A 25-year-old businessman rented a Ferrari, purportedly to live out his fantasy of driving a flashy sports car.
Eugene Chong Jiajun also specially ordered two false number plates, which he stuck over the existing ones using adhesive tape.
He almost had to go to jail for this - he was sentenced to two weeks' imprisonment by a district court in April for displaying fake number plates. But, yesterday, he was spared jail after the High Court allowed his appeal and imposed the maximum $5,000 fine.
Chong was driving a rented yellow Ferrari 360 Modena F1 when he was stopped by a Land Transport Authority officer for a check on the evening of March 19, 2013.
The number plates on the Ferrari showed SQ1H, which was registered to a silver Mercedes Benz E200 belonging to someone else.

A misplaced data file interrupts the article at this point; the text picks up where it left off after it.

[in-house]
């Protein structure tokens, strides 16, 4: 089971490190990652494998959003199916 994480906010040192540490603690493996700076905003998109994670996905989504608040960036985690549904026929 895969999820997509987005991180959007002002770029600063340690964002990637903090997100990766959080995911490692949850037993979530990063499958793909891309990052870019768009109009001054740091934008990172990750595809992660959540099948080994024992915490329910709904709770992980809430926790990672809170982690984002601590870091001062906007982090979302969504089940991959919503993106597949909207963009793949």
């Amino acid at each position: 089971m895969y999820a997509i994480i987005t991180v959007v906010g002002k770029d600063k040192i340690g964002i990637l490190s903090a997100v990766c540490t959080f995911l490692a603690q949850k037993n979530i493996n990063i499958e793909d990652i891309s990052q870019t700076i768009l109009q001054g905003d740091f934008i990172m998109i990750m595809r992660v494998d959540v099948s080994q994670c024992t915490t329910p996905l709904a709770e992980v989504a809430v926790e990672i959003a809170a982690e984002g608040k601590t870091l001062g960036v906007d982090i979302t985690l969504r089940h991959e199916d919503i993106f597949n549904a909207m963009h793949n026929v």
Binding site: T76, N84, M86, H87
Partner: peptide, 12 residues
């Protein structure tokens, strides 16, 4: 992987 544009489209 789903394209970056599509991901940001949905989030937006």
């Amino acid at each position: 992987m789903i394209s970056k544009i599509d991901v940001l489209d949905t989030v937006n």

Chong did not know the owner of the number. He had picked it out from a website of special car plate numbers. In April, he pleaded guilty to a charge of displaying false registration number plates, which carries a maximum fine of $5,000 and jail of up to a year. He appealed against his two weeks' jail sentence.
His lawyer Patrick Chin argued that jail was not warranted as the district judge had failed to consider Chong's motivation and was wrong to impose a deterrent sentence.
But Deputy Public Prosecutor Lin Yinbing argued that Chong's reasons for driving with false plates were feeble and unsubstantiated. The alleged motivations should not distract the court from the fact that he had practised deceit, she said.
She also pointed out the potential harm. Traffic violations will not be detected because speed cameras are not equipped to pick out false number plates, she said.
And if a car with such plates is involved in a crime or accident, the owner of the actual car would be implicated and have to go through the inconvenience of the investigation process, she added.
Judicial Commissioner See Kee Oon acknowledged the potential harm of false plates, but said Chong's motivations seemed innocent and there was no unlawful intention.